Rand Paul had a bad 2015. His plummeting favorability almost certainly explains his crumpling poll numbers, which did hold fairly steady -- until the rise of Trump.
Marco Rubio did something pretty remarkable for 2015: He recovered. He was doing decently in the beginning of the year and then sank as anti-establishment candidates roared ahead. But he slowly rebuilt his position, thanks in part to strong debate performances. Slow and steady may be too slow at this point, but he seems steadily headed in the right direction.
Started low; only went down.
Remember this guy? One year from now, I am going to write an article similar to this and I am going to use this graph and I am going to say, this was a real graph from December 2015, believe it or not. And you will look at it and you will think, What a time. What a world.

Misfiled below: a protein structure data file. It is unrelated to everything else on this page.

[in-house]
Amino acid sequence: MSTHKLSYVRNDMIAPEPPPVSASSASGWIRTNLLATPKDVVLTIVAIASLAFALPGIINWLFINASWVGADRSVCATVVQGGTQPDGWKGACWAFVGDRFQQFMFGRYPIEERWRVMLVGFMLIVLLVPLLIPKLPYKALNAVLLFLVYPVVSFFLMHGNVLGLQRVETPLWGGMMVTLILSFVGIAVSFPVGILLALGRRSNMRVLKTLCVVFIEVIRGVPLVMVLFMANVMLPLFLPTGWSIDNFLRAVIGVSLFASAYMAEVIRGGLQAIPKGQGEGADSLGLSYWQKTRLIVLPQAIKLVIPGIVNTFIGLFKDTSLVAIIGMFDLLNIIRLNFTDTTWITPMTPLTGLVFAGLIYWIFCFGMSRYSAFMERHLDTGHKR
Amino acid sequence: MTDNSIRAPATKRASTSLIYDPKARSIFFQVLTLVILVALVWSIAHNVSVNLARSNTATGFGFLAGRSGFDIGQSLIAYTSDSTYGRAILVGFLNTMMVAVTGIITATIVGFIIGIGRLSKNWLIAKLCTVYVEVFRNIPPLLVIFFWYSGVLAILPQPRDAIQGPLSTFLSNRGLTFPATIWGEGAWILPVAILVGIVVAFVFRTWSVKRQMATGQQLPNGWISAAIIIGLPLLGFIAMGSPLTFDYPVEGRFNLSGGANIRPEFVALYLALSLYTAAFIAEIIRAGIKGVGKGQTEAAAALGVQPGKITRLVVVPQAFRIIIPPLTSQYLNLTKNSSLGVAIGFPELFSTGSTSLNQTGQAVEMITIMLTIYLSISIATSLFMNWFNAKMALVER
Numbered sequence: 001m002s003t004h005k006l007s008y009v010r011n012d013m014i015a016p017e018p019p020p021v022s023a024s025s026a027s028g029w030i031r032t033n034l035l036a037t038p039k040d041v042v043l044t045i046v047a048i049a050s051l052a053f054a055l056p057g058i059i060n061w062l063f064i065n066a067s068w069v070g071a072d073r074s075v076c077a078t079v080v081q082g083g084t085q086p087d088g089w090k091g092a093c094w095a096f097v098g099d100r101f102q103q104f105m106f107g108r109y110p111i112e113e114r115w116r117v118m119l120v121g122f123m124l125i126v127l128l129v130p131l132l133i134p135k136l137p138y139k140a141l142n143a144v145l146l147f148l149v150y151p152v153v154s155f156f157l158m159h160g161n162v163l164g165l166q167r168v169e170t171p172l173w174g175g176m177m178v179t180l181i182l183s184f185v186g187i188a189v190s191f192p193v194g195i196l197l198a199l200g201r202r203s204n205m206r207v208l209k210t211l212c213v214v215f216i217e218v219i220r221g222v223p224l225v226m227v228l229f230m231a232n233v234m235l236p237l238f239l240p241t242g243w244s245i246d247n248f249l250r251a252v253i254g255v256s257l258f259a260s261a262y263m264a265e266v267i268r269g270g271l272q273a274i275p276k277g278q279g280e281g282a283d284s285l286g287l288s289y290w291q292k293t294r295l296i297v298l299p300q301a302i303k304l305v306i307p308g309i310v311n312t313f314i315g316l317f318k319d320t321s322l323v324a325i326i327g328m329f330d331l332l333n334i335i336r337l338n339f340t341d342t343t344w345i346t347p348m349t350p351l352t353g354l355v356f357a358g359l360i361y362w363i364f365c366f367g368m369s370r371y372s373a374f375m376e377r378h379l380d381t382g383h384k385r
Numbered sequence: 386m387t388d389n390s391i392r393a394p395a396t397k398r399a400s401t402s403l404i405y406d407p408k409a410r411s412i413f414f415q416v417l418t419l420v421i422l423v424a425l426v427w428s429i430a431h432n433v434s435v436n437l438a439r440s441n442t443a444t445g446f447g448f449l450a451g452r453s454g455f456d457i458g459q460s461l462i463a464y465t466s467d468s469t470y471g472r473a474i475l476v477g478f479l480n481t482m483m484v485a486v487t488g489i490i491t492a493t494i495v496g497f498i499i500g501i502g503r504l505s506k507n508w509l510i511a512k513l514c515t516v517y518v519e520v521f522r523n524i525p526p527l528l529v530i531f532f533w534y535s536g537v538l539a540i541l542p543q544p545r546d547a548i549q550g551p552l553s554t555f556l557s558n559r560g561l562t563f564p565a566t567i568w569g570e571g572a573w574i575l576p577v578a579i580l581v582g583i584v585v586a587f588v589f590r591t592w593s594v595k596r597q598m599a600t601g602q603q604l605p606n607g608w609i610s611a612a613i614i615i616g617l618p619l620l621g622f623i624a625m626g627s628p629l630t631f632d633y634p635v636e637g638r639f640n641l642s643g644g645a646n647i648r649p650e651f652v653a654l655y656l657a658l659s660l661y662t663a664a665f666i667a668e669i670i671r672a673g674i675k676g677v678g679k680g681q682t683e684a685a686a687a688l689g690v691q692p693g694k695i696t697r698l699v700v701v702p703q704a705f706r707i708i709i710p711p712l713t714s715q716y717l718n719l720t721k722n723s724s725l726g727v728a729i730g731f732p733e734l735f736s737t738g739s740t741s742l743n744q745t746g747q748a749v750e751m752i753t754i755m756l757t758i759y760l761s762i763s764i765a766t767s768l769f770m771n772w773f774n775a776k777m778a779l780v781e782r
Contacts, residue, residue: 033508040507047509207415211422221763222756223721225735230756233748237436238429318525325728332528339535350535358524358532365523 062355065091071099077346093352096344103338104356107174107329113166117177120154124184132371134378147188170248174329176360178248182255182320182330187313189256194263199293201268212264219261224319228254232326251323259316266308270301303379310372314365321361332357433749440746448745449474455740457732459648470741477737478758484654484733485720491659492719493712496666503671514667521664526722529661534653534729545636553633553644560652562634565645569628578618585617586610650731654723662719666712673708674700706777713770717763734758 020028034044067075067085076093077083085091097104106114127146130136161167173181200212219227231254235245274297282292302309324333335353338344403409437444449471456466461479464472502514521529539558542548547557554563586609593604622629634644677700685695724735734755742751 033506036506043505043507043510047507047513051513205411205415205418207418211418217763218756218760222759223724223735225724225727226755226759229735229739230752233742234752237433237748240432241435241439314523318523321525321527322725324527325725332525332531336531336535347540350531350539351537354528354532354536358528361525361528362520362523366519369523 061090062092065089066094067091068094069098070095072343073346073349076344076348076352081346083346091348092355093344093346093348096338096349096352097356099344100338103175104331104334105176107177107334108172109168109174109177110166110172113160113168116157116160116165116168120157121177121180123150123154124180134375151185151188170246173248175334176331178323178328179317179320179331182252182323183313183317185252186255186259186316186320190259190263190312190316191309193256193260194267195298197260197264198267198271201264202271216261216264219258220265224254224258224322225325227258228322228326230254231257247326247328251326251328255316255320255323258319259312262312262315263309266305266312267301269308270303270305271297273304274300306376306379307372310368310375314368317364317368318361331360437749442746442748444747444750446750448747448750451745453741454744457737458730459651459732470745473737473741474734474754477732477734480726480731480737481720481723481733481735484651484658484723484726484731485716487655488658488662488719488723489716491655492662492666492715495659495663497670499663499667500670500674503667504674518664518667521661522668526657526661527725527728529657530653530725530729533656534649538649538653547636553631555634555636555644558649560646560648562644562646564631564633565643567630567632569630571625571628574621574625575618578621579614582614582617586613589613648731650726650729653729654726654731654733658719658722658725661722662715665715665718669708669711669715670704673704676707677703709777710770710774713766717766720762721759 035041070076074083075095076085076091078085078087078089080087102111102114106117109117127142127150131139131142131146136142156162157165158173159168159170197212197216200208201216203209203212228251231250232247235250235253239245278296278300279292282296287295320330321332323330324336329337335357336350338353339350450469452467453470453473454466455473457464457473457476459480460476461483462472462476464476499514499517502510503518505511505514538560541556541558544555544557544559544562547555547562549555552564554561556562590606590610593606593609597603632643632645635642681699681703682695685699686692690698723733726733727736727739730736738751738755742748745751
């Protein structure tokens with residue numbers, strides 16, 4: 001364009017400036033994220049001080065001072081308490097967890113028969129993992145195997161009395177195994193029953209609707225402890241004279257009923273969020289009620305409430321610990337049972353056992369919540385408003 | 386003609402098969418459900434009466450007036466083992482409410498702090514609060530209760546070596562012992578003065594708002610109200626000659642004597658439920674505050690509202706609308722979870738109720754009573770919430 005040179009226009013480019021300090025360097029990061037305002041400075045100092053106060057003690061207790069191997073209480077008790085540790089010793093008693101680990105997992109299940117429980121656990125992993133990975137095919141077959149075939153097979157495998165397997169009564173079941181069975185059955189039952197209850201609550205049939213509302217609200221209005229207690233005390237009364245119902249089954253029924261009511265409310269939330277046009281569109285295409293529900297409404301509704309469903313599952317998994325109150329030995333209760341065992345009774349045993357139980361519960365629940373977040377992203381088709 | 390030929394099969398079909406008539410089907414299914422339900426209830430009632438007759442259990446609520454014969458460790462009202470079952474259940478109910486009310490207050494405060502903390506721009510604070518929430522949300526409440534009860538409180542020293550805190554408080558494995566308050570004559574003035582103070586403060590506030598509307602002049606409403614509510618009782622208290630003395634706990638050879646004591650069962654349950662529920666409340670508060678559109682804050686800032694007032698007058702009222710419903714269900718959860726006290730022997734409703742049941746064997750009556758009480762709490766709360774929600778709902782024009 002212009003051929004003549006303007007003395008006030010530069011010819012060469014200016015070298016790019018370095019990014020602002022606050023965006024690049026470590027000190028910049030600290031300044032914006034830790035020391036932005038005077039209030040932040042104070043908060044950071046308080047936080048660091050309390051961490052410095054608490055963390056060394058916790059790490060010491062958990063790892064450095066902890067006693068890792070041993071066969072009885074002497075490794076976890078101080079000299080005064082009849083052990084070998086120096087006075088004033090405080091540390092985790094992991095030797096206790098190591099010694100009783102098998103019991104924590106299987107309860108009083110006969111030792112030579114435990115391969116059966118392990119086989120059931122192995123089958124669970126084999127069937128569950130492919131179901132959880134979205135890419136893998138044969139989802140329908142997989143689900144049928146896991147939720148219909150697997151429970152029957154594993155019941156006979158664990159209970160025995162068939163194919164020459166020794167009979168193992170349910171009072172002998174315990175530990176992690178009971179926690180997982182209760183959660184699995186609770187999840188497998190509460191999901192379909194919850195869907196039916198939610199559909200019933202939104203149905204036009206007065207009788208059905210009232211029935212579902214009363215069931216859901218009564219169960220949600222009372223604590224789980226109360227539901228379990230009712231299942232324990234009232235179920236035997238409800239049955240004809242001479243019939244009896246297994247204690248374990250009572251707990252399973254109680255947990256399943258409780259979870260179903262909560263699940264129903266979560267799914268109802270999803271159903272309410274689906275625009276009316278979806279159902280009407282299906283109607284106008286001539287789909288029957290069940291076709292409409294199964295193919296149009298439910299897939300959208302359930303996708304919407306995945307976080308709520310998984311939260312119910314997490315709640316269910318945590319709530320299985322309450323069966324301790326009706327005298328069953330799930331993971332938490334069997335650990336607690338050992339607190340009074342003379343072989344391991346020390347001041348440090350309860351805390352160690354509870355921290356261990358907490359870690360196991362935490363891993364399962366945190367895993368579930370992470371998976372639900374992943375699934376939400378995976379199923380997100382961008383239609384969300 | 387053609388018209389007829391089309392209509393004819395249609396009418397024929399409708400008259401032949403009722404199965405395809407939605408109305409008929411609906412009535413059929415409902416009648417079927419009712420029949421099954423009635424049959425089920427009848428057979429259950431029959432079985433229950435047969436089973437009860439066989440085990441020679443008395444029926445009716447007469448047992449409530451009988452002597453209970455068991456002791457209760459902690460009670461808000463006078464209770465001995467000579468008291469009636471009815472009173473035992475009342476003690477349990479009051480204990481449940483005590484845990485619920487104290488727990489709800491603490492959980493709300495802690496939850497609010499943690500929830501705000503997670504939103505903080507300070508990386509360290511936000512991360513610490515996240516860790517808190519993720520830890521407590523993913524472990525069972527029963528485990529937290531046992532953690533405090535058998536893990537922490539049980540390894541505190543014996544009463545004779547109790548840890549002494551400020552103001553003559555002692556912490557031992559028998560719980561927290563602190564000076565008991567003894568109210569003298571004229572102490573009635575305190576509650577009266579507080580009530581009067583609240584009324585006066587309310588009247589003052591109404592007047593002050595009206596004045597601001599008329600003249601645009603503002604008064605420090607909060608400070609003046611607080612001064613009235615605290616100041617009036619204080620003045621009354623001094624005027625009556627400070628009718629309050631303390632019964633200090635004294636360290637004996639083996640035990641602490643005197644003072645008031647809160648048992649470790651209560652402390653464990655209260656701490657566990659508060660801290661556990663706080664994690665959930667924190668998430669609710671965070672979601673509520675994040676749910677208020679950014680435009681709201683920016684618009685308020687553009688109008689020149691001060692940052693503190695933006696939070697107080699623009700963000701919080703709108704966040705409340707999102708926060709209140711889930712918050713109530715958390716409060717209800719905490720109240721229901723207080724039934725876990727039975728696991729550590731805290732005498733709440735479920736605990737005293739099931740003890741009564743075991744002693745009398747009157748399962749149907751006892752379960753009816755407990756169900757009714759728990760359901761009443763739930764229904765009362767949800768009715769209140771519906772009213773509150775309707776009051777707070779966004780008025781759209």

The one thing to note here is that Donald Trump is near his peaks nationally and in Iowa, where he trails Ted Cruz -- but is slipping in New Hampshire.
Hillary Clinton had a largely lousy autumn: Until Joe Biden dropped out in late October, she was leading a three-person race by a small margin. Once Biden left -- providing her the rocket booster we predicted -- she regained a substantial (but smaller) lead.
Martin O'Malley's actually doing better! In the sense of that guy in "Monty Python and the Holy Grail" who is being carried out to the cart of corpses and insists that he wants to go for a walk. Coming soon: a loud "thunk."
It is fitting to begin with Jeb Bush's collapse and end with Bernie Sanders's ascent. There it is, one of the two best 2015s of all of the 2016 candidates. Big gains in favorability, mostly as a function of people getting to know him. Support climbing steadily until a recent plateau. The sort of graph that any of the Republicans would be thrilled to have -- and the sort of graph that almost certainly won't make Bernie Sanders the next Democratic presidential nominee.